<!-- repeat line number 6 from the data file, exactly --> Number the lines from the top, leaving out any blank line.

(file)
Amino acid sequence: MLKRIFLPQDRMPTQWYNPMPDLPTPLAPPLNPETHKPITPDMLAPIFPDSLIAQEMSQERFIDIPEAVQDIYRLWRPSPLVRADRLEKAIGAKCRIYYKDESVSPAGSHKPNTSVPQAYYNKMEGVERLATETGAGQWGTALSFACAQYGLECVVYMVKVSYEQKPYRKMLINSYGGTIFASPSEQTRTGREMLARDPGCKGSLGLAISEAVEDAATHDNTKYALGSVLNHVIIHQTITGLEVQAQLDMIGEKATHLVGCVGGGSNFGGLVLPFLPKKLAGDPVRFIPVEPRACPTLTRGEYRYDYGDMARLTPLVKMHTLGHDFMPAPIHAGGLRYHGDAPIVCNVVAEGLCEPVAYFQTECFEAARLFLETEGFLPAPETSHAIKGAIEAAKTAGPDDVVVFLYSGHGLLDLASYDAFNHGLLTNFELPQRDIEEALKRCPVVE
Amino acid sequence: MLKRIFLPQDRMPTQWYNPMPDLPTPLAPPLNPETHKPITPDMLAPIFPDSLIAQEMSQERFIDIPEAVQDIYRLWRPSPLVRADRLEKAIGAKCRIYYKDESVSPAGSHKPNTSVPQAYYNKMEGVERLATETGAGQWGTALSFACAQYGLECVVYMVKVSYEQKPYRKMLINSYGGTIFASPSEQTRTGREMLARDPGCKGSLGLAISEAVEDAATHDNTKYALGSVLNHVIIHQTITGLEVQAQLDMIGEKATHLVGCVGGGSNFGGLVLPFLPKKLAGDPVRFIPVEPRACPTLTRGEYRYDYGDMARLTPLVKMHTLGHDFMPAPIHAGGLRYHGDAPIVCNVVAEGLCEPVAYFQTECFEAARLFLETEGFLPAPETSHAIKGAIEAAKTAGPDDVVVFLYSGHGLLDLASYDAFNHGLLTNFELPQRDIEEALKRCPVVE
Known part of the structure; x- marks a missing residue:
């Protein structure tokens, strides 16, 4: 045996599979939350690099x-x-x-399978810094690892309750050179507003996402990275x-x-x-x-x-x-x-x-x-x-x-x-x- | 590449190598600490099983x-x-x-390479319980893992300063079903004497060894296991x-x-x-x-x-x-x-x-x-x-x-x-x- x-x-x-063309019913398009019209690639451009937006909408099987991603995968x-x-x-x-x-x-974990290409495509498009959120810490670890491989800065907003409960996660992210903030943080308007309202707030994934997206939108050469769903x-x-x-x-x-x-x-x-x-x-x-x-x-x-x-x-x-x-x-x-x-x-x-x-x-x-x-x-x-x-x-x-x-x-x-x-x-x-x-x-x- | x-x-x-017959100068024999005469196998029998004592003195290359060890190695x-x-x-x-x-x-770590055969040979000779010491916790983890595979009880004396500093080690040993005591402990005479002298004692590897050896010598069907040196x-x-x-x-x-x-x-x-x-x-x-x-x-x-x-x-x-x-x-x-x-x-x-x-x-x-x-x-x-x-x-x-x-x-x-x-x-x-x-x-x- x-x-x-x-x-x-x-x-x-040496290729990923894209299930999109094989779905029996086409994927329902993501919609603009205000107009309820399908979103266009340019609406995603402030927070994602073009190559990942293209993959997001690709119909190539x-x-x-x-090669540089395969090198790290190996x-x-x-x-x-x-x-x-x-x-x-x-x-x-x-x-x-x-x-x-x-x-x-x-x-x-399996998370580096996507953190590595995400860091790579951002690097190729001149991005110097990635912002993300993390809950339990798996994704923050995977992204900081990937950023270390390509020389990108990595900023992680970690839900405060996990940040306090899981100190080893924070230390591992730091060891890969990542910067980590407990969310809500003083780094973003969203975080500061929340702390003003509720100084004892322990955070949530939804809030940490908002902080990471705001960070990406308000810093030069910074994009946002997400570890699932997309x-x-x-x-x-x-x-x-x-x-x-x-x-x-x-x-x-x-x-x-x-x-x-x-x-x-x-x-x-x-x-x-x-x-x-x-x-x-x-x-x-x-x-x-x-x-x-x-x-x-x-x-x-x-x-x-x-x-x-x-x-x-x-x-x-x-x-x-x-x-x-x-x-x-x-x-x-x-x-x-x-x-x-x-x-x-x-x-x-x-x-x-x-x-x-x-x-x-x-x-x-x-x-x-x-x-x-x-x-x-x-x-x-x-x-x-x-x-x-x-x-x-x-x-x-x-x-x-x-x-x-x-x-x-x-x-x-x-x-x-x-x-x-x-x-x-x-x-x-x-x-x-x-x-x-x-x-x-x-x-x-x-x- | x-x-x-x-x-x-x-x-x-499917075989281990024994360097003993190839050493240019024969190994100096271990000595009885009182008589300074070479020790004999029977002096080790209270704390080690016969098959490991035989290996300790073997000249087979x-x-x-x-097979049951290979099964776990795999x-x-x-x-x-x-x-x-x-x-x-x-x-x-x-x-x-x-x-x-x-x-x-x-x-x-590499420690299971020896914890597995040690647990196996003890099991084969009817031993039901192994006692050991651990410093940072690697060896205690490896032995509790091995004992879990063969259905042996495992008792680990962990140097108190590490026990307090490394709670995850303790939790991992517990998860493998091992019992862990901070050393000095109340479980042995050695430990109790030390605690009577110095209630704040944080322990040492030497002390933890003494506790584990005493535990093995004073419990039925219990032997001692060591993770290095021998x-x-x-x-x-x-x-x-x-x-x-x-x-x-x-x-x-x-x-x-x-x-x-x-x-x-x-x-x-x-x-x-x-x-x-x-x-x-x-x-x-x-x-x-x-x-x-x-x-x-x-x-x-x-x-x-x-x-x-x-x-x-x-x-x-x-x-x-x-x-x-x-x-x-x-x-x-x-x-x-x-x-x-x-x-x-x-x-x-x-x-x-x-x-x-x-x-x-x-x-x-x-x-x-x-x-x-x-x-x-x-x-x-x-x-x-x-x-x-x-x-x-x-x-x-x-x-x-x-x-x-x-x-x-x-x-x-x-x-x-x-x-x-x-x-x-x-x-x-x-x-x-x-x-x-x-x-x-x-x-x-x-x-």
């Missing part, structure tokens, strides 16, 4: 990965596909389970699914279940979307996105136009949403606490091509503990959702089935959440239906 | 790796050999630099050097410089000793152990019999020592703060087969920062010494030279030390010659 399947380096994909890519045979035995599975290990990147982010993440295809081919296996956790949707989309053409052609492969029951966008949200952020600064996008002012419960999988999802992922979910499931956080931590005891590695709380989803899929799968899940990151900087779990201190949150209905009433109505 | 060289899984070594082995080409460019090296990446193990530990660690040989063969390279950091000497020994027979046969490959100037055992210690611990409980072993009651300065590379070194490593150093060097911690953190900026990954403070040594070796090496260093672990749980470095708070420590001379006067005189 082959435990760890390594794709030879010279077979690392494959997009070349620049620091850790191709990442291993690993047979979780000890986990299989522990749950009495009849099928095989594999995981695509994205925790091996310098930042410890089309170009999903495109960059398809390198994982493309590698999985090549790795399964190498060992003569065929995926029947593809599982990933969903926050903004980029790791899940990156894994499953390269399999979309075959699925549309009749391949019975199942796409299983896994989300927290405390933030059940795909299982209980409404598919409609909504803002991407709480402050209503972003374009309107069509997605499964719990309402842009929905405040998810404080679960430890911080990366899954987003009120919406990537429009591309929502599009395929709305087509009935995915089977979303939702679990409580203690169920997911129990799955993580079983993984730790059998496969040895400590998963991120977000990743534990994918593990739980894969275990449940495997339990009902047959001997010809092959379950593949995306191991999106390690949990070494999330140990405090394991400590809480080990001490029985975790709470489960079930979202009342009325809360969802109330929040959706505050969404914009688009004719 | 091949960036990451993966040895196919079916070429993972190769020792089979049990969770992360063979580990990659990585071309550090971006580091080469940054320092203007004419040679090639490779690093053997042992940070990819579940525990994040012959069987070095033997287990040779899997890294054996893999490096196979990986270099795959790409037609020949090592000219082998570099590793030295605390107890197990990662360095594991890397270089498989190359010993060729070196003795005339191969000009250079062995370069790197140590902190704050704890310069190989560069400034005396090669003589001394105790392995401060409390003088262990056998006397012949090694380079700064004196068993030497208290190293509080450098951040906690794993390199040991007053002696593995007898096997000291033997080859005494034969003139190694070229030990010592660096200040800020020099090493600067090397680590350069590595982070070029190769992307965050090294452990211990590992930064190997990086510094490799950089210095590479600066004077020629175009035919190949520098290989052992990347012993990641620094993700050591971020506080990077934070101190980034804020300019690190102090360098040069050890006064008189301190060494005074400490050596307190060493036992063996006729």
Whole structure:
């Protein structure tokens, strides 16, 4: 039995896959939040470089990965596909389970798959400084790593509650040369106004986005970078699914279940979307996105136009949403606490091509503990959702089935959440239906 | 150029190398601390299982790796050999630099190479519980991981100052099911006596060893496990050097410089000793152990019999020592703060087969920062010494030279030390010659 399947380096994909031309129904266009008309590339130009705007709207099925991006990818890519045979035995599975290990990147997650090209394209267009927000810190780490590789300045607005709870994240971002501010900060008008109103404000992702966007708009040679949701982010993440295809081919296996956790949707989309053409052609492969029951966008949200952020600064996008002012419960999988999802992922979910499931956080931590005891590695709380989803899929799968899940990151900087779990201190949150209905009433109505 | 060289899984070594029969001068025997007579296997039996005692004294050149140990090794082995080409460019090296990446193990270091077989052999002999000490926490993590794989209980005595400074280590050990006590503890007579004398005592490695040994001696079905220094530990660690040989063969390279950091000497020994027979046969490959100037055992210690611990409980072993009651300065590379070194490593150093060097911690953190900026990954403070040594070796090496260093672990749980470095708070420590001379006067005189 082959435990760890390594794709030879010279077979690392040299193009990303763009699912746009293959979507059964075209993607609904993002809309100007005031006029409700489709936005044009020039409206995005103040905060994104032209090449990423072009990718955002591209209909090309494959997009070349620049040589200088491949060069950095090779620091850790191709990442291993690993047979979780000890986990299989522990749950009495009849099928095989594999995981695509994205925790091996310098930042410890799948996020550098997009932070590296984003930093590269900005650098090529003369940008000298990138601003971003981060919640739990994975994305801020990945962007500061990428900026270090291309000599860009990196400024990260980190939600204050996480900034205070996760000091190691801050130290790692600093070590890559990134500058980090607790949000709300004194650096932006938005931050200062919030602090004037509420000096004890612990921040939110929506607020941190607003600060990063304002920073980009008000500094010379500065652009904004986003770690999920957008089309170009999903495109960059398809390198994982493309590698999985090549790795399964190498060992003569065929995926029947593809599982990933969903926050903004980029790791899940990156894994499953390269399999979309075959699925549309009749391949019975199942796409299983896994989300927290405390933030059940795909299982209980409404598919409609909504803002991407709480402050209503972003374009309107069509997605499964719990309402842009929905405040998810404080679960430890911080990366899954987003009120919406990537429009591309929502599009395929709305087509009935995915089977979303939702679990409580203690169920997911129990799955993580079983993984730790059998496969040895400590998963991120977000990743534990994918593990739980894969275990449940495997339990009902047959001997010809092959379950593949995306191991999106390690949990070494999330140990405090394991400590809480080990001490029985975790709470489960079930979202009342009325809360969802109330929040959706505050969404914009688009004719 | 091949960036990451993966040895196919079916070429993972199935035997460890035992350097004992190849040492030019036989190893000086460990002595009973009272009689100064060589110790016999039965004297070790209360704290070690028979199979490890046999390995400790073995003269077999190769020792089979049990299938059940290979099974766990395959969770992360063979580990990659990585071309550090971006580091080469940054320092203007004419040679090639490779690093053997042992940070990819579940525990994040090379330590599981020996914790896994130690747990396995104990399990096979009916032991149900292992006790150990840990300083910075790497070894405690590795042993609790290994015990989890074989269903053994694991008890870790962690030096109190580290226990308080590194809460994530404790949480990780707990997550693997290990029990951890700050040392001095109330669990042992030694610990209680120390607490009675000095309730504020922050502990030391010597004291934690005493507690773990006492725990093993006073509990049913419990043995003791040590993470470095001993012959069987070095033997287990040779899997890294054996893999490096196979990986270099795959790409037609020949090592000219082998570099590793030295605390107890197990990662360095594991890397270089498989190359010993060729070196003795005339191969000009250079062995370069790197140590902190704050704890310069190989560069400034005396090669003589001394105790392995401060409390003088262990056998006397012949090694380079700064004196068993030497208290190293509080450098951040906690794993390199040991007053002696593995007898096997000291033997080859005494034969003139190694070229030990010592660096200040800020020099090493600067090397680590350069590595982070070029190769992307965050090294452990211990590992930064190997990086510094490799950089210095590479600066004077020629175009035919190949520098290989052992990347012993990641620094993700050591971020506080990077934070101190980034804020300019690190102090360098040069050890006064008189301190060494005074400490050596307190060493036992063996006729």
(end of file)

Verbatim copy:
Whole structure: